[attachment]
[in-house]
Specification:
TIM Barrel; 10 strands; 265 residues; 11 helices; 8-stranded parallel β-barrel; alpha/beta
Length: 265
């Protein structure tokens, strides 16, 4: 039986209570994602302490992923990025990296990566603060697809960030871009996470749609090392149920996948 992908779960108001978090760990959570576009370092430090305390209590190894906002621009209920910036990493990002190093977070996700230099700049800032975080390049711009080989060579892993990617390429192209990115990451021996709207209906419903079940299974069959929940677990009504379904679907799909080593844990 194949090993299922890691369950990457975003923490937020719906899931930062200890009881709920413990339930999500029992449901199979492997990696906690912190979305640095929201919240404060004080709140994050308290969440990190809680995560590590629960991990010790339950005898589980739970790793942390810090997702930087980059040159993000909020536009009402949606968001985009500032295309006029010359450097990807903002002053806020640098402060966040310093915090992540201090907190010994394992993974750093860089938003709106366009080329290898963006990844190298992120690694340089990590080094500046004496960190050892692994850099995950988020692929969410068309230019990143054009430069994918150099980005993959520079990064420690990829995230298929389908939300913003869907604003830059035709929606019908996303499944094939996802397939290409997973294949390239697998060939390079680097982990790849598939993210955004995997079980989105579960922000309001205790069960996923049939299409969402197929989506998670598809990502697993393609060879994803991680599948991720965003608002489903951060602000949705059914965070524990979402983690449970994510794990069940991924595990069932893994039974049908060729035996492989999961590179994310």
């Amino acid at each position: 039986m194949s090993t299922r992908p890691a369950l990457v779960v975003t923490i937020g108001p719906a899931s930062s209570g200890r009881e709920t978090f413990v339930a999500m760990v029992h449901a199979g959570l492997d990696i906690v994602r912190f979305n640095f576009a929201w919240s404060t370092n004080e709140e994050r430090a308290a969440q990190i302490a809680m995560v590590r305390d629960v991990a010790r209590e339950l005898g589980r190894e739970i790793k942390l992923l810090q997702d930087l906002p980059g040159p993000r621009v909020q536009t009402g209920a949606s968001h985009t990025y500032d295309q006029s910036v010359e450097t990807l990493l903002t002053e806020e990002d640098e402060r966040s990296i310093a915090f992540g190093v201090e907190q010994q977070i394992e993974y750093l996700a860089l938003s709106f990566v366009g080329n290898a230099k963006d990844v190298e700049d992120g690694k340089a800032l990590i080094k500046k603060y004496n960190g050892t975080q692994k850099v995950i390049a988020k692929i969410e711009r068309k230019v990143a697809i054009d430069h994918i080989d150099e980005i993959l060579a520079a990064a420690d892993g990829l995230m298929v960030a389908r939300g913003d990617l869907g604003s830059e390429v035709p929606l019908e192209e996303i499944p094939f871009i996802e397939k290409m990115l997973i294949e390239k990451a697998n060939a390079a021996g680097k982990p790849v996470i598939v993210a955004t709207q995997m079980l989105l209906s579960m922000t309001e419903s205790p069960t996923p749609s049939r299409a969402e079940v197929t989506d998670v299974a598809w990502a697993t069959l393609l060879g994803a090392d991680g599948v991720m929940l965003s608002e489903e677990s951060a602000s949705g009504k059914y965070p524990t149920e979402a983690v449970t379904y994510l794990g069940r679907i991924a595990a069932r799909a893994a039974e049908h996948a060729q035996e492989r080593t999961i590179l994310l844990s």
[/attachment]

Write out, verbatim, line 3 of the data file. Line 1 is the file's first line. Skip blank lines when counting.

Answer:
TIM Barrel; 10 strands; 265 residues; 11 helices; 8-stranded parallel β-barrel; alpha/beta